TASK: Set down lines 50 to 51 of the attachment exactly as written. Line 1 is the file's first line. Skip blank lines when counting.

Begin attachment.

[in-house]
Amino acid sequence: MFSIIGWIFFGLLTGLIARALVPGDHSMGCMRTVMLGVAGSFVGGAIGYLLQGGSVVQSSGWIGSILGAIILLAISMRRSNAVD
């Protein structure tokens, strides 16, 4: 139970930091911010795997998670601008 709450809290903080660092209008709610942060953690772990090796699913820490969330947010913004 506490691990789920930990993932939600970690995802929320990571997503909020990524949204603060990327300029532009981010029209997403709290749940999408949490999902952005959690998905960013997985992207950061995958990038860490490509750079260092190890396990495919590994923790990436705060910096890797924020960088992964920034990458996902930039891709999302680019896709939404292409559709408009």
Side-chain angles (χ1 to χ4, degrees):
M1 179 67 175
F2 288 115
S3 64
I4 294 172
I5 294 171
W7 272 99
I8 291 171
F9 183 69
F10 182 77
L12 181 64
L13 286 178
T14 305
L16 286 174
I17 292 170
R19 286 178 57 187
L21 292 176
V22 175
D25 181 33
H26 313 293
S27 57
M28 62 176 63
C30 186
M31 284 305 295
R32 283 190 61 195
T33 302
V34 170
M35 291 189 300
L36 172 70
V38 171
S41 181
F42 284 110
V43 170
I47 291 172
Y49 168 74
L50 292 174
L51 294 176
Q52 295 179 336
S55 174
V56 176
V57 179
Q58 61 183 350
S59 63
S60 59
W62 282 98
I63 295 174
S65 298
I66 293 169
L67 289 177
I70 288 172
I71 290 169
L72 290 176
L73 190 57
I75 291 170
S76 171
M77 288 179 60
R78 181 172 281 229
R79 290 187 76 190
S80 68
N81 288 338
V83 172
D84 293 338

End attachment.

S65 298
I66 293 169